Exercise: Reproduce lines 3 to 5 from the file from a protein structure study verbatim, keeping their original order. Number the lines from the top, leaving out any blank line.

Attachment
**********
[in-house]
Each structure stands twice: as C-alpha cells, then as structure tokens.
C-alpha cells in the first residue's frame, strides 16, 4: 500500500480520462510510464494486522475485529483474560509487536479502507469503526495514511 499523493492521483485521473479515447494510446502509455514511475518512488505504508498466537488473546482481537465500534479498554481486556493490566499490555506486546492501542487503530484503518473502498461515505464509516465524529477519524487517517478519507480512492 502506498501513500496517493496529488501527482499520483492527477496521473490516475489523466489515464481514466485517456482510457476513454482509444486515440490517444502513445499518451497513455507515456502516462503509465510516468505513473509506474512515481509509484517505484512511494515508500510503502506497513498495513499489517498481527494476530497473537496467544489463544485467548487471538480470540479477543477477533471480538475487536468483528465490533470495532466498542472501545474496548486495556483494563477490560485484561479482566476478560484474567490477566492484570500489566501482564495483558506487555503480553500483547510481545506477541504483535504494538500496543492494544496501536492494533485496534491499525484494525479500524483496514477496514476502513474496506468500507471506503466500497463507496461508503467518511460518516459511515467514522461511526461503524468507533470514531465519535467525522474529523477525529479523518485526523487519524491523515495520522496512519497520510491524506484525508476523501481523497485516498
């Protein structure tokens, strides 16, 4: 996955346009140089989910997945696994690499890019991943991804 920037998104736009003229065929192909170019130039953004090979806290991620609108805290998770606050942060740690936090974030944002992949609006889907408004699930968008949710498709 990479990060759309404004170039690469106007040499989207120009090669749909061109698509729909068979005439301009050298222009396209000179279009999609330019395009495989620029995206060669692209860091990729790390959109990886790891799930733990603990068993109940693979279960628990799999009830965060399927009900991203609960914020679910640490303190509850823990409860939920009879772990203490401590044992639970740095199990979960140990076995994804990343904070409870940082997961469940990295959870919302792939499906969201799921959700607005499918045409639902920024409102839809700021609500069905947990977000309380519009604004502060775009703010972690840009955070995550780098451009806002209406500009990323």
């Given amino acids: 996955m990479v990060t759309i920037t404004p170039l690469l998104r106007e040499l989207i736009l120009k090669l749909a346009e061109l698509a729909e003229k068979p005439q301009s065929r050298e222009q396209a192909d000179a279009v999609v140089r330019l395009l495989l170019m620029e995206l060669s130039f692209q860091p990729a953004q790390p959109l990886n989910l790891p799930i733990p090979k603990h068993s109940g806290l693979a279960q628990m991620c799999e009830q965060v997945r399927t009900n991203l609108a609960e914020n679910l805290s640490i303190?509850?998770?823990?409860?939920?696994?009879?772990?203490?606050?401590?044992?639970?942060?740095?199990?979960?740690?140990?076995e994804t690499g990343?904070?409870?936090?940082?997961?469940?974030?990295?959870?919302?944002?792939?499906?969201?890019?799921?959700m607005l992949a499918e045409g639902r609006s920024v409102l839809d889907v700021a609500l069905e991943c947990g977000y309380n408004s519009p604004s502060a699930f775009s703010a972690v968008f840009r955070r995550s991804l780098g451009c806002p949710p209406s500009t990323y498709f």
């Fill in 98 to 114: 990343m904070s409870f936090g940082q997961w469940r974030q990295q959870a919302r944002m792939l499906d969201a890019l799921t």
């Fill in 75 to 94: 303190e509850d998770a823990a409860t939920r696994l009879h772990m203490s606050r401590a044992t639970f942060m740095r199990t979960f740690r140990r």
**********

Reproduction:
C-alpha cells in the first residue's frame, strides 16, 4: 500500500480520462510510464494486522475485529483474560509487536479502507469503526495514511 499523493492521483485521473479515447494510446502509455514511475518512488505504508498466537488473546482481537465500534479498554481486556493490566499490555506486546492501542487503530484503518473502498461515505464509516465524529477519524487517517478519507480512492 502506498501513500496517493496529488501527482499520483492527477496521473490516475489523466489515464481514466485517456482510457476513454482509444486515440490517444502513445499518451497513455507515456502516462503509465510516468505513473509506474512515481509509484517505484512511494515508500510503502506497513498495513499489517498481527494476530497473537496467544489463544485467548487471538480470540479477543477477533471480538475487536468483528465490533470495532466498542472501545474496548486495556483494563477490560485484561479482566476478560484474567490477566492484570500489566501482564495483558506487555503480553500483547510481545506477541504483535504494538500496543492494544496501536492494533485496534491499525484494525479500524483496514477496514476502513474496506468500507471506503466500497463507496461508503467518511460518516459511515467514522461511526461503524468507533470514531465519535467525522474529523477525529479523518485526523487519524491523515495520522496512519497520510491524506484525508476523501481523497485516498
């Protein structure tokens, strides 16, 4: 996955346009140089989910997945696994690499890019991943991804 920037998104736009003229065929192909170019130039953004090979806290991620609108805290998770606050942060740690936090974030944002992949609006889907408004699930968008949710498709 990479990060759309404004170039690469106007040499989207120009090669749909061109698509729909068979005439301009050298222009396209000179279009999609330019395009495989620029995206060669692209860091990729790390959109990886790891799930733990603990068993109940693979279960628990799999009830965060399927009900991203609960914020679910640490303190509850823990409860939920009879772990203490401590044992639970740095199990979960140990076995994804990343904070409870940082997961469940990295959870919302792939499906969201799921959700607005499918045409639902920024409102839809700021609500069905947990977000309380519009604004502060775009703010972690840009955070995550780098451009806002209406500009990323």
């Given amino acids: 996955m990479v990060t759309i920037t404004p170039l690469l998104r106007e040499l989207i736009l120009k090669l749909a346009e061109l698509a729909e003229k068979p005439q301009s065929r050298e222009q396209a192909d000179a279009v999609v140089r330019l395009l495989l170019m620029e995206l060669s130039f692209q860091p990729a953004q790390p959109l990886n989910l790891p799930i733990p090979k603990h068993s109940g806290l693979a279960q628990m991620c799999e009830q965060v997945r399927t009900n991203l609108a609960e914020n679910l805290s640490i303190?509850?998770?823990?409860?939920?696994?009879?772990?203490?606050?401590?044992?639970?942060?740095?199990?979960?740690?140990?076995e994804t690499g990343?904070?409870?936090?940082?997961?469940?974030?990295?959870?919302?944002?792939?499906?969201?890019?799921?959700m607005l992949a499918e045409g639902r609006s920024v409102l839809d889907v700021a609500l069905e991943c947990g977000y309380n408004s519009p604004s502060a699930f775009s703010a972690v968008f840009r955070r995550s991804l780098g451009c806002p949710p209406s500009t990323y498709f």